Encyclopedia of Astrobiology

Living Edition
| Editors: Muriel Gargaud, William M. Irvine, Ricardo Amils, Henderson James Cleaves, Daniele Pinti, José Cernicharo Quintanilla, Michel Viso


  • Nikos Prantzos
Living reference work entry
DOI: https://doi.org/10.1007/978-3-642-27833-4_965-3


Metallicity specifies the relative amount of elements heavier than helium (collectively called metals by astronomers) in a star, galaxy, or some part of the interstellar medium. The metallicity of the Sun is Z = 1.5 % by mass. The most metal rich stars in the inner Galaxy have two or three times that figure, whereas the most metal poor halo stars of the Milky Way have metallicities as low as 0.0001 Z. Usually, the abundance of some key element (like Fe or O) is used as a proxy for metallicity. Host stars of extrasolar giant planets (observed in the solar neighborhood) are more metallic than non-planet hosting stars.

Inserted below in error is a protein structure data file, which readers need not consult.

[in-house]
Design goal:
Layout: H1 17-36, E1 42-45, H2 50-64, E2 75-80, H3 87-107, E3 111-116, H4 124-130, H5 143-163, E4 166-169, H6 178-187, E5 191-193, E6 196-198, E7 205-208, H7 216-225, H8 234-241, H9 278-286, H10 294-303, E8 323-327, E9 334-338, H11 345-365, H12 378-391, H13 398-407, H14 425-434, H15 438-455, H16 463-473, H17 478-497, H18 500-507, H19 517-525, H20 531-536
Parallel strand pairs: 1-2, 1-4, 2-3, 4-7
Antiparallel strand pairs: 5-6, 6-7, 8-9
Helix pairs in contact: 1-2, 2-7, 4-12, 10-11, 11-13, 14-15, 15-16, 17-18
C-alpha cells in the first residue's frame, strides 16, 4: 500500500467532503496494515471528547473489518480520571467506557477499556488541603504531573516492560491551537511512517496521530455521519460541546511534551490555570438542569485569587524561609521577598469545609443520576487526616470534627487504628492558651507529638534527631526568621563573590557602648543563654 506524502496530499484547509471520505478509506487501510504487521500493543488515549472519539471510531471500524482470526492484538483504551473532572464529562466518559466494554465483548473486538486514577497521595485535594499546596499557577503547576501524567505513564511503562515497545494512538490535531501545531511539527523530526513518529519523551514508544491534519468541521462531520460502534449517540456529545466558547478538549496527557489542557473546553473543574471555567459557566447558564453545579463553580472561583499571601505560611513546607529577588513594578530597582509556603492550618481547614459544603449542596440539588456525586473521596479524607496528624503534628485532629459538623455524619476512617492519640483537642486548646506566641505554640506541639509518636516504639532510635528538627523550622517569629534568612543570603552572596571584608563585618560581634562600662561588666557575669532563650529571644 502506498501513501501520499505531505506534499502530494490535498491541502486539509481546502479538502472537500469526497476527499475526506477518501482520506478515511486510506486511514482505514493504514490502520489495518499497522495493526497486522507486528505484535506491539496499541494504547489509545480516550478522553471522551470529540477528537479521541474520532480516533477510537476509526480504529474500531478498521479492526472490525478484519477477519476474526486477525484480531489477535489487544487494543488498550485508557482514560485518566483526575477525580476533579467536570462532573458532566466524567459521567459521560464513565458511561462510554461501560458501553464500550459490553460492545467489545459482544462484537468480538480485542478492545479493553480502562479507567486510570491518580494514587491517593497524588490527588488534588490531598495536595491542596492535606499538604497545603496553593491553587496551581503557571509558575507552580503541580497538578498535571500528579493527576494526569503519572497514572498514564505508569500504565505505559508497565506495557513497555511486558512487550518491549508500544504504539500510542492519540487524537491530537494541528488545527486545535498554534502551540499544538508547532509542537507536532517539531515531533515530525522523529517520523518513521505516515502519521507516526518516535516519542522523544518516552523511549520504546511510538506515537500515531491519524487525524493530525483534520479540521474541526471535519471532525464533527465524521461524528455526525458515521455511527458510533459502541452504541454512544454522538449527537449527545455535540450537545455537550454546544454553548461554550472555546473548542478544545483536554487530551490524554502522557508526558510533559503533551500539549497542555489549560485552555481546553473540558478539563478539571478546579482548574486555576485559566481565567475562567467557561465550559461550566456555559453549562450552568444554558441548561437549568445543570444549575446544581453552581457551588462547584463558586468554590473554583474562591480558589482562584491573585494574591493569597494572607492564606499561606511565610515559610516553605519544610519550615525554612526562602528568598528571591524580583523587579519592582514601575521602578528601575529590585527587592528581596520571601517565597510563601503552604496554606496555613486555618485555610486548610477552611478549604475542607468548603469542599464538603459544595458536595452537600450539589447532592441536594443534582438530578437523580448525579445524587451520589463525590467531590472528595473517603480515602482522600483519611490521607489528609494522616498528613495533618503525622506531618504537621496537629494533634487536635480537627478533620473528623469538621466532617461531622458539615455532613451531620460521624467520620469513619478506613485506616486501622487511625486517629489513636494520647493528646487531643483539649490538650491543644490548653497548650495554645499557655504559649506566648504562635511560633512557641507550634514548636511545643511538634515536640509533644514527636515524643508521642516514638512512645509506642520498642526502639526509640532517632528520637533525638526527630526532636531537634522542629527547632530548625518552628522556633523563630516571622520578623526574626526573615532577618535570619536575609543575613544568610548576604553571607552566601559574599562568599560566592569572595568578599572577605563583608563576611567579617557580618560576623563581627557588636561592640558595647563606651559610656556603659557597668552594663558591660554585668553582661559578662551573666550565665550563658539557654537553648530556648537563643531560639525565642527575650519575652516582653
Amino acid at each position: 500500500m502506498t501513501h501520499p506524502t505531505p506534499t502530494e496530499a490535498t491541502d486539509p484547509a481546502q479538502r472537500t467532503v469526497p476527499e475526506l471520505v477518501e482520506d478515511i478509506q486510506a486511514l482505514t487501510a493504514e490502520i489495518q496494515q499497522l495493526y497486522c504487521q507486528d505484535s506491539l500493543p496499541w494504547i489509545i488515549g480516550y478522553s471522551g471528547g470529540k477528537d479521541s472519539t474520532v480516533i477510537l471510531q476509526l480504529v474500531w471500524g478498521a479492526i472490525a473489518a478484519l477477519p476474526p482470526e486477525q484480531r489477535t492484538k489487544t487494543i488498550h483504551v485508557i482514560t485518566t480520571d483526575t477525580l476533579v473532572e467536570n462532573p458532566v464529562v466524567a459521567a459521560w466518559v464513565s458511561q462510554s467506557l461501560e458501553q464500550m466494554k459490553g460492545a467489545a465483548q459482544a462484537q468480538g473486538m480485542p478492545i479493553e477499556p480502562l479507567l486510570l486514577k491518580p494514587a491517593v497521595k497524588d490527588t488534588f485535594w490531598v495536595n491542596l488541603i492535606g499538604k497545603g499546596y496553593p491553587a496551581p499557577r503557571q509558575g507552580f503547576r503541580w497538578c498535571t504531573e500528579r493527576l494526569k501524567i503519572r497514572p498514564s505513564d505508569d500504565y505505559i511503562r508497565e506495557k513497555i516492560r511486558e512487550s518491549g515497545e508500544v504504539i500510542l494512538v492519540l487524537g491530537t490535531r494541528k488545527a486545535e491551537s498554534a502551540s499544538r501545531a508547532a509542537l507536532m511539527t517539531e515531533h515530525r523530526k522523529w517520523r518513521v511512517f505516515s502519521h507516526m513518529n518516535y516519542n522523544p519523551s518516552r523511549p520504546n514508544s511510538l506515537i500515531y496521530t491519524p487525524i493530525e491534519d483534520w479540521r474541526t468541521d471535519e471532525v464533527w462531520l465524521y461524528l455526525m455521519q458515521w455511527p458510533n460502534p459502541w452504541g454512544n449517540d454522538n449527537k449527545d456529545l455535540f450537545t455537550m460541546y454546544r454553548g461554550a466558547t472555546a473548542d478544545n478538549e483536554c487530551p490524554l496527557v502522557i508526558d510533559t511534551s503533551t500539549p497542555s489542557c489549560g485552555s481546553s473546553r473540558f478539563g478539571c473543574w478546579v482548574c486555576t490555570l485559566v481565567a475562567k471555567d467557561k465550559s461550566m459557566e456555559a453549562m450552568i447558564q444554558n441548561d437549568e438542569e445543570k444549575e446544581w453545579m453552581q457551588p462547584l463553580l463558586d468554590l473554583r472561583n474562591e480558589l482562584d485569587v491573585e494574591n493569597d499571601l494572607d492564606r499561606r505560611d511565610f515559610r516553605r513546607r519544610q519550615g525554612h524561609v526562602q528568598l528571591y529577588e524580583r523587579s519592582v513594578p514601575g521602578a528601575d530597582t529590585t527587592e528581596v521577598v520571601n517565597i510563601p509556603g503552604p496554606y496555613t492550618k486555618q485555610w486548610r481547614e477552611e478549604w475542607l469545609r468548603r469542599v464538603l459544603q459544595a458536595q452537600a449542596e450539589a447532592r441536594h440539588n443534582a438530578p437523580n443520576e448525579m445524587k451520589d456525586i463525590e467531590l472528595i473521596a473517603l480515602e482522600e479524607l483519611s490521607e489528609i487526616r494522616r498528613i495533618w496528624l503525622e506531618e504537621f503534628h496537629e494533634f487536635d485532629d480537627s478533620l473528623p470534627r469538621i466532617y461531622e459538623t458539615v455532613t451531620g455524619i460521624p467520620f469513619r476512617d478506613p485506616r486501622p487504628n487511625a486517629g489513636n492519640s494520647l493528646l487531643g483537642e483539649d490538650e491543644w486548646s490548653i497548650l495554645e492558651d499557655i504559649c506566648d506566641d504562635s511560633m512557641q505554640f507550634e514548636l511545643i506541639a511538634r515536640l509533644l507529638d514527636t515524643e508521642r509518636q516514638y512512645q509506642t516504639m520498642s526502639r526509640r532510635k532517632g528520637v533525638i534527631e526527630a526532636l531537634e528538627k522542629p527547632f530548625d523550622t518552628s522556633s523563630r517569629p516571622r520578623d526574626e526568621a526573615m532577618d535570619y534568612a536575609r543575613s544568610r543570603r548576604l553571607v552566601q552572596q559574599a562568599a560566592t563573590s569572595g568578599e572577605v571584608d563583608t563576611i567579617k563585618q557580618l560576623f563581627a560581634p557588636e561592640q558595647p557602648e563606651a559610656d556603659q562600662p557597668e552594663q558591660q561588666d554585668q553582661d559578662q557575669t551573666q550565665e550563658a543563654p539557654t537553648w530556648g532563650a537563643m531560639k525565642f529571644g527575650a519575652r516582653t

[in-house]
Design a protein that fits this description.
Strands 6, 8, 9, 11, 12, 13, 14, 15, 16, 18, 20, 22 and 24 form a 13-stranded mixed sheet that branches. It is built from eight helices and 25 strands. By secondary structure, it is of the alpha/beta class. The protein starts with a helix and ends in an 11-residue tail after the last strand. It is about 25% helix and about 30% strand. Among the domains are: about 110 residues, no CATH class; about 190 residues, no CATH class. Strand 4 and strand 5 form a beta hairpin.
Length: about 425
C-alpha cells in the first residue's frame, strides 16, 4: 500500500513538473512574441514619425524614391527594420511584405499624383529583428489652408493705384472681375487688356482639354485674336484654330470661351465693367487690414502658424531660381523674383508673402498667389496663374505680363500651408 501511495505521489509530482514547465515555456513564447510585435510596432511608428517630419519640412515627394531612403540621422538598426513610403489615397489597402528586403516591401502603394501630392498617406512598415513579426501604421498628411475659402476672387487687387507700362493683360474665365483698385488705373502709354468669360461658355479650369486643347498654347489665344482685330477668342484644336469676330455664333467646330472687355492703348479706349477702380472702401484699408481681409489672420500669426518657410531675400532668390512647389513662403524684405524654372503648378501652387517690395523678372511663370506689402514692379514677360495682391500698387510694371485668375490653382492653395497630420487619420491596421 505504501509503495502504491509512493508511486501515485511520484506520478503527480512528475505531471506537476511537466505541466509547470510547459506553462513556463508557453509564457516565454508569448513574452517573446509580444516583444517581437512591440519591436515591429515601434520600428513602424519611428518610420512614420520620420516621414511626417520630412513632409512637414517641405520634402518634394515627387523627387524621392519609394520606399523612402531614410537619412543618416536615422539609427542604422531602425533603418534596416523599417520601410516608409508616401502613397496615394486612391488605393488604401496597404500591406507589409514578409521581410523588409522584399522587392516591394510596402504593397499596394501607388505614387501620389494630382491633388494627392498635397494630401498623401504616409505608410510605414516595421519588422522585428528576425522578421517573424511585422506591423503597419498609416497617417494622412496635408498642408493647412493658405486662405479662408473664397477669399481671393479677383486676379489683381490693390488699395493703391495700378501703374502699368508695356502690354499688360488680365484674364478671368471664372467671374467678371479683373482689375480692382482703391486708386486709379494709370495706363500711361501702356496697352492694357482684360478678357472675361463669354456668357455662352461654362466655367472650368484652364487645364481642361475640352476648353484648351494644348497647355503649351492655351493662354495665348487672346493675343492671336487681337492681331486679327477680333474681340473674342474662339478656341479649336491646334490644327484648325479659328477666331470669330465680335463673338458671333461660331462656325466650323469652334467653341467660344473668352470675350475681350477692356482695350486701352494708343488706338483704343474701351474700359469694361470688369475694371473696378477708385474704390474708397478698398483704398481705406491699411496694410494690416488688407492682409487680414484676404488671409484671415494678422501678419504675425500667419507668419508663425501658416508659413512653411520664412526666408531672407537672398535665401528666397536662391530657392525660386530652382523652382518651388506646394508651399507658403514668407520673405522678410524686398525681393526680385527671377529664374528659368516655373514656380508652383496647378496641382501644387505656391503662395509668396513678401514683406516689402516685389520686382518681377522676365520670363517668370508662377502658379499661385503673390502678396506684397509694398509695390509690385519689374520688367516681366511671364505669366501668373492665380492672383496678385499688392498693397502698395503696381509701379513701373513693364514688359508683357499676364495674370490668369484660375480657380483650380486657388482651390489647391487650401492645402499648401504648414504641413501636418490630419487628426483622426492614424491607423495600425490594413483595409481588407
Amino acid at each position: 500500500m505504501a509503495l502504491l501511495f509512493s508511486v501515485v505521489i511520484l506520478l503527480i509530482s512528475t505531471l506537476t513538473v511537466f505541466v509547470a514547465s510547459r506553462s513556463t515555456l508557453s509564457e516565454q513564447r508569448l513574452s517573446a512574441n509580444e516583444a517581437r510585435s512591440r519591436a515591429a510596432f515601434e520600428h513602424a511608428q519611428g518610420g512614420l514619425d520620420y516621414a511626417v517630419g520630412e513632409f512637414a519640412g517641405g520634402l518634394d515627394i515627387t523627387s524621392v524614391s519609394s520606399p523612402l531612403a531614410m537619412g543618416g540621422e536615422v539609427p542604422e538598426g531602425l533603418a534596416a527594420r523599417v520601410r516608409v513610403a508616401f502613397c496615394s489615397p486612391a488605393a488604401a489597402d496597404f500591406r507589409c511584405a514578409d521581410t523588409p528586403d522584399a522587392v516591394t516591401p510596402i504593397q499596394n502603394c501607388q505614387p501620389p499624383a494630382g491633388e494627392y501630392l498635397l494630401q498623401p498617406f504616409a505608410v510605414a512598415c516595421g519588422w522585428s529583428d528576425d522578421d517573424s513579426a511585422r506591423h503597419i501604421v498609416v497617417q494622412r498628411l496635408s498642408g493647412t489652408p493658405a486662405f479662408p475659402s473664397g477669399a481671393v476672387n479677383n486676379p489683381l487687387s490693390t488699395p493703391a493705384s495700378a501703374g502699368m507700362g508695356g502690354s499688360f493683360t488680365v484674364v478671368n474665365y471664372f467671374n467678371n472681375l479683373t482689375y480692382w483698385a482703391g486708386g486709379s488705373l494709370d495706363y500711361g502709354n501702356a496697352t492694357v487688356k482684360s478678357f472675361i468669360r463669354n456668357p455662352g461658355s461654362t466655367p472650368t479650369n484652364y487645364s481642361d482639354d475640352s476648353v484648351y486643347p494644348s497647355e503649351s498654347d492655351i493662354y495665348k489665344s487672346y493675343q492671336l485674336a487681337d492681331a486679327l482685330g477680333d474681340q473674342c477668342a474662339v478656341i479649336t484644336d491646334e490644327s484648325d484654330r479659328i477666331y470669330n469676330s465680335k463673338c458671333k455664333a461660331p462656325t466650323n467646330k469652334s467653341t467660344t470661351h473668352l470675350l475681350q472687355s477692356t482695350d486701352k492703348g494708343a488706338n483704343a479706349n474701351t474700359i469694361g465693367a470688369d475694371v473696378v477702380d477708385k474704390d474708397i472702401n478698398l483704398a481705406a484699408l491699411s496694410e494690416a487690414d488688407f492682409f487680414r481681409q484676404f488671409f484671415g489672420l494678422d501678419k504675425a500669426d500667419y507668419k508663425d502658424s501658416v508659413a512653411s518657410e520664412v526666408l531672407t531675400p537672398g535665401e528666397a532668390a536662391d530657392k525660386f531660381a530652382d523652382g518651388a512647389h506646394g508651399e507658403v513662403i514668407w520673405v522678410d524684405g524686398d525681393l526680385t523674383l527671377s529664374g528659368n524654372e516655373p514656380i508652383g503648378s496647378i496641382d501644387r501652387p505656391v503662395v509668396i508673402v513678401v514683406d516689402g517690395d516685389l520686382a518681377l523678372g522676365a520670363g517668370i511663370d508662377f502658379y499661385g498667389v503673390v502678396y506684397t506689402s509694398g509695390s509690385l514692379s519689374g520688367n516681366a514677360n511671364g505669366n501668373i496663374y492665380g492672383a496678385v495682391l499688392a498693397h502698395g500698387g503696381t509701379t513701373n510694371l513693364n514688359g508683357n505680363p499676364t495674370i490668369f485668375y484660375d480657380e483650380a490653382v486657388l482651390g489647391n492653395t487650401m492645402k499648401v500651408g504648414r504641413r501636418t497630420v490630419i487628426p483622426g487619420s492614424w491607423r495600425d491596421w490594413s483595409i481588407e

See Also


Bioorganic Chemistry Heavy Element Interstellar Medium Giant Planet Solar Neighborhood 
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Copyright information

© Springer-Verlag Berlin Heidelberg 2014

Authors and Affiliations

  1. 1.Institut d’Astrophysique de ParisParisFrance